AT A GLANCE
Research assistant professor, Virginia Bioinformatics Institute (VBI)
PhD in molecular genetics at the University of Texas, M.D. Anderson Cancer Center
Developed microarray technologies for Baylor College of Medicine and for Allan Bradley, director of the Sanger Center.
Recently, the Virginia Bioinformatics Institute (VBI), and Johns Hopkins’ Bloomberg School of Public Health began a five-year, $10 million collaborative bioinformatics project to study human infectious diseases such as malaria, tuberculosis, and HIV. Can you tell me a little bit about how microarrays will fit into the new collaborative project?
Microarrays will form the foundation for our studies. Of the total, the proportion earmarked for research is $285,000 for the first year, and about $177,500 for successive years.
In the first year of the study, we will design a set of primers that can be used to make a genome-wide microarray. Oligos will be created using Primer3 software, along with homology-searching algorithms. These products will then be tested using VBI’s real-time PCR platforms prior to array construction to ensure our predictions were correct. It’s the same basic approach that has been used to create microarrays for microbes such as E. coli, Helicobacter pylori, and Caulobacter crescentus.
I understand you are going to develop microarrays to assess virulence factors of certain pathogens. Which pathogens are you going to select and why?
We are working closely with Johns Hopkins to produce microarrays to study malaria and tuberculosis. Pathogens have been selected based on their human health impact and modes of pathogenesis. For instance there are an estimated 300 to 500 million malaria cases each year, and increasing drug resistance is a major obstacle to effective treatment for both malaria and tuberculosis. Vaccines would clearly be a better control mechanism if we could understand how to make effective ones.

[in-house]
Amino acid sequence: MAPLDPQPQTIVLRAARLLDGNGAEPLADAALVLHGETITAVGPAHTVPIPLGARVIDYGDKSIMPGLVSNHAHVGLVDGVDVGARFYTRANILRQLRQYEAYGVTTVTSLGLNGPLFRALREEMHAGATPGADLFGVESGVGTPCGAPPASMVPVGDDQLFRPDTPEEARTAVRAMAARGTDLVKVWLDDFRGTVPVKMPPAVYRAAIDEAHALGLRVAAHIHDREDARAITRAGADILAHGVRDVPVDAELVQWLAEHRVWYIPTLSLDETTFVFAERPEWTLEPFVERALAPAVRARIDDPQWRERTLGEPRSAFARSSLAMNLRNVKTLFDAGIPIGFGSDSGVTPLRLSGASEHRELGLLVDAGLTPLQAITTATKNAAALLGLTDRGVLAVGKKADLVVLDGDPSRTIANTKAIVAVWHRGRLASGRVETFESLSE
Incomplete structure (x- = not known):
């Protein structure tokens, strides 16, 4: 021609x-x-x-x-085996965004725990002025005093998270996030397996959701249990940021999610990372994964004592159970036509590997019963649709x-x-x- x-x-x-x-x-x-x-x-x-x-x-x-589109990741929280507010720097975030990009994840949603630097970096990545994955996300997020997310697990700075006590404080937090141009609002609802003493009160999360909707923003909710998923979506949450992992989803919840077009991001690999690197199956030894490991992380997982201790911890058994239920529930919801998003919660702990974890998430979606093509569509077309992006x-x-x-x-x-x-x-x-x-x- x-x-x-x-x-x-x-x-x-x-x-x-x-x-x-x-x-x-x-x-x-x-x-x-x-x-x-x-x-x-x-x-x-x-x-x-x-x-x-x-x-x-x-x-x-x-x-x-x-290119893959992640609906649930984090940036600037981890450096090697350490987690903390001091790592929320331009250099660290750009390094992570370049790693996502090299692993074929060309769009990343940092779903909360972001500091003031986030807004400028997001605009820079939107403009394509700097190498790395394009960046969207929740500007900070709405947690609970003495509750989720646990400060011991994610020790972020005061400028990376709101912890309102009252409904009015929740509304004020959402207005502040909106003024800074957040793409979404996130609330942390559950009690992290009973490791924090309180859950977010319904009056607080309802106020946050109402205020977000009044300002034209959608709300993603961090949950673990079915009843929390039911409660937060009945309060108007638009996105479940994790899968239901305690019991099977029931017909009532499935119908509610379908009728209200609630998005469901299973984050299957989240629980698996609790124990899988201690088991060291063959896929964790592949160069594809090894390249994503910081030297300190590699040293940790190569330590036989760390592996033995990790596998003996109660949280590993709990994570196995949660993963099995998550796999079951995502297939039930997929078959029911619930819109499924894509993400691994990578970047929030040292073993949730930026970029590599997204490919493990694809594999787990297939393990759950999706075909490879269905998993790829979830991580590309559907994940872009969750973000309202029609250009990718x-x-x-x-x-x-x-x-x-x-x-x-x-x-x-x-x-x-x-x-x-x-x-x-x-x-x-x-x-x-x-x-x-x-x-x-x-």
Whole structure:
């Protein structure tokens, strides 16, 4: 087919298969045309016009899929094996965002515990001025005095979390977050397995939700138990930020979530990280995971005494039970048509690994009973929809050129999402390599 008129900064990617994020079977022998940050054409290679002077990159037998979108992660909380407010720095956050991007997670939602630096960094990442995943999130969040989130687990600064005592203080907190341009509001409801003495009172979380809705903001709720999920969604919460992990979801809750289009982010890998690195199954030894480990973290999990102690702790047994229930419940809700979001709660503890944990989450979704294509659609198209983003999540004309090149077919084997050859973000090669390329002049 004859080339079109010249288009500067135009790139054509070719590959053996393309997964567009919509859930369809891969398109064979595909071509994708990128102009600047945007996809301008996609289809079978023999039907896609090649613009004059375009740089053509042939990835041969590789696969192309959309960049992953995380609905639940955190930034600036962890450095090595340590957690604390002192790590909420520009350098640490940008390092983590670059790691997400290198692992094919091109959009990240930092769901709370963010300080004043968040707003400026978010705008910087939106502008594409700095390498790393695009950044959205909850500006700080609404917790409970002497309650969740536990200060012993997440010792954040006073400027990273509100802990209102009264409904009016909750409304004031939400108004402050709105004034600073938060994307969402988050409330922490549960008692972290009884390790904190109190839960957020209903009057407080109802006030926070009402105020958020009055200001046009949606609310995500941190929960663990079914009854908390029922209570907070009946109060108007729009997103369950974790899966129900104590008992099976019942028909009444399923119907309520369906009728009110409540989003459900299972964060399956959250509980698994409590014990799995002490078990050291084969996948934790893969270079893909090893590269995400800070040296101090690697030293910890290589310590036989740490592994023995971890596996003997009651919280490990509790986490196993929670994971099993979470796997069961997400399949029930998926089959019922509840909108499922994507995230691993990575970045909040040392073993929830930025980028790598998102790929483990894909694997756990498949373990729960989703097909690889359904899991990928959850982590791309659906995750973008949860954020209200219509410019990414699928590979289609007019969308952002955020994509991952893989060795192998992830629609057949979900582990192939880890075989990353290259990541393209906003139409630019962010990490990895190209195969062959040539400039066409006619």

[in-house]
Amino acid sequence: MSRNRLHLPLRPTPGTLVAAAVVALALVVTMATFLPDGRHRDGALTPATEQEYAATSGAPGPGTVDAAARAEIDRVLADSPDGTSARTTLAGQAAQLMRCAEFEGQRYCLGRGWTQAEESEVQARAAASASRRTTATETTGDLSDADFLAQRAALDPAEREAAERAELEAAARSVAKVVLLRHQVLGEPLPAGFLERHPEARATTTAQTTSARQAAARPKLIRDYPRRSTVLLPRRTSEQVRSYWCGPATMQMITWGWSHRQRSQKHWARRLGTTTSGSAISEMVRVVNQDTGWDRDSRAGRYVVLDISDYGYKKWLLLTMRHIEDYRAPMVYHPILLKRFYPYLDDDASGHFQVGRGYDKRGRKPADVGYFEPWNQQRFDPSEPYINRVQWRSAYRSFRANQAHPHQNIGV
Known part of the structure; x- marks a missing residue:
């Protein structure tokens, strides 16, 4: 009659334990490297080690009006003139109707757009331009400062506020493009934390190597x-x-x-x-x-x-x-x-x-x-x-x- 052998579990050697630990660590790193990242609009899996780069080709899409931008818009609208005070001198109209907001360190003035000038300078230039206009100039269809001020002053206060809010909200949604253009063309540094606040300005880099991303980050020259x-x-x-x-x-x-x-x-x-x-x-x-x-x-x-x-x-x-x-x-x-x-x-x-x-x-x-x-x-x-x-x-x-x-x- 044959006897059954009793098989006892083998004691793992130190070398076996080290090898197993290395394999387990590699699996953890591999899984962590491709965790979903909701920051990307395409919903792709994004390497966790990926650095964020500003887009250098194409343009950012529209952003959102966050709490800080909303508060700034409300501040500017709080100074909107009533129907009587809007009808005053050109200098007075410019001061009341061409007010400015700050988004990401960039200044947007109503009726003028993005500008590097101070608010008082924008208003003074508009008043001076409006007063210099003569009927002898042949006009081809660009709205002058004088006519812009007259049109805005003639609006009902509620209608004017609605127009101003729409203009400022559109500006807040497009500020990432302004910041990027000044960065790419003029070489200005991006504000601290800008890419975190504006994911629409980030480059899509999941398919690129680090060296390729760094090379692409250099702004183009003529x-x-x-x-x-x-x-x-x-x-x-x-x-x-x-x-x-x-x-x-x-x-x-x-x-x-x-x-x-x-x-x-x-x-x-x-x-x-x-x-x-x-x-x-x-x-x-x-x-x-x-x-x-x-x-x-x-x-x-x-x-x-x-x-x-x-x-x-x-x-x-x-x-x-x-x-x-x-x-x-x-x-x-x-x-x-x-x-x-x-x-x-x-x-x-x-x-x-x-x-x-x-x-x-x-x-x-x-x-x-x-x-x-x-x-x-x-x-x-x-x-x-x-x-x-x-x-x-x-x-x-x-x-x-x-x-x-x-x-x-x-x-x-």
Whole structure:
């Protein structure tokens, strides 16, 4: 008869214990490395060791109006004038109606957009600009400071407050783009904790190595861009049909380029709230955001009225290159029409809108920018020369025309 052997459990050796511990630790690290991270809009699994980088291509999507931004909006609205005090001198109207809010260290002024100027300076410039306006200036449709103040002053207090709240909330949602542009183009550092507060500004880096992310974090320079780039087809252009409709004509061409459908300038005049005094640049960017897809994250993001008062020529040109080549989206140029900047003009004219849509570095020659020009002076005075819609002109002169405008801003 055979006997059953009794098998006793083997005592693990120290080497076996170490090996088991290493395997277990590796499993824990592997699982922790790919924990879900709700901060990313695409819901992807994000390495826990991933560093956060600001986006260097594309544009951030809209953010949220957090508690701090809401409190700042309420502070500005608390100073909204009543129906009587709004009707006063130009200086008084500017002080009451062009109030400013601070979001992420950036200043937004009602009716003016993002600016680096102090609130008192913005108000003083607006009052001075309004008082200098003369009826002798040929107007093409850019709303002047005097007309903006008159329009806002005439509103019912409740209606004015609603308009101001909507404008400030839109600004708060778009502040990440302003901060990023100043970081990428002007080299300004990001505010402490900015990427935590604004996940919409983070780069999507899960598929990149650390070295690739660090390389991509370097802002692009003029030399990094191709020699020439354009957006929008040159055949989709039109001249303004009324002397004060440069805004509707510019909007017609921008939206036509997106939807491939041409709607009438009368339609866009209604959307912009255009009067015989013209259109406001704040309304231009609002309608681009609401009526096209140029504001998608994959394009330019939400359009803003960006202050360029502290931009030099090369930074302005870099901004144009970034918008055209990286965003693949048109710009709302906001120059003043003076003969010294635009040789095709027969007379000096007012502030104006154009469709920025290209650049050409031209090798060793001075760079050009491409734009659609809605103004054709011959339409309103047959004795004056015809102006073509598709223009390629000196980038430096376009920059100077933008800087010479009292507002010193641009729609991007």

What sorts of arraying methods and equipment are you going to use to spot your arrays?
We use an epoxysilane attachment chemistry and spot the arrays with a GeneMachines Omnigrid using Telechem Stealth pins. For signal detection, we use a [Packard] ScanArray 5000XL. To store and analyze the expression data generated by our experiments, we will use GeneX, an open source gene expression database and analysis toolkit developed under the direction of Jennifer Weller, a scientist currently at VBI.
What are the major obstacles and challenges to using arrays?
As adequate controls and replicates for microarray data are fundamental requirements for producing quality results, more than 60 percent of our time is devoted to ensuring that adequate QC measures are put in place during the arraying process. Another significant challenge in dealing with arrays is managing the large quantities of data that result from experiments. There is currently an upload tool that makes it easy to insert Affymetrix data into the GeneX database, and a similar tool is under development to upload data from custom microarrays.
I have heard that microarray analysis presents some thorny problems. How do you analyze array data? What sorts of data mining techniques do you use?
Microarray data often contains considerable amounts of variation, stemming from both experimental and technical sources. The GeneX system includes a clustering procedure that takes this variation into account and assigns a confidence metric to all resulting gene groups. Implemented by Karen Schlauch at VBI, this tool supplies the user with a measure of "how sure" they can be that their clustering results are meaningful.
Also available within GeneX is a series of statistical tests that determine, at a specified significance level, whether genes are differentially expressed. Together with an ANOVA procedure to detect variation of specific effects, we believe that these tools will provide methods of generating meaningful hypotheses of the activity, interactions, and relevance of genes under infection.
What do you hope to gain from the array research?
We hope to develop an oligo-based microarray that can be printed in virtually unlimited quantities and shared by any faculty member interested in the physiology of the organism. We also are seeking to develop full-length expression competent constructs to assess the functional roles of genes critical in host-vector and host-pathogen infection processes; a vector system to generate site-directed or systematic loss-of-function mutations in host, vector, or pathogen genomes; and interesting and meaningful hypotheses of gene activity under infection conditions.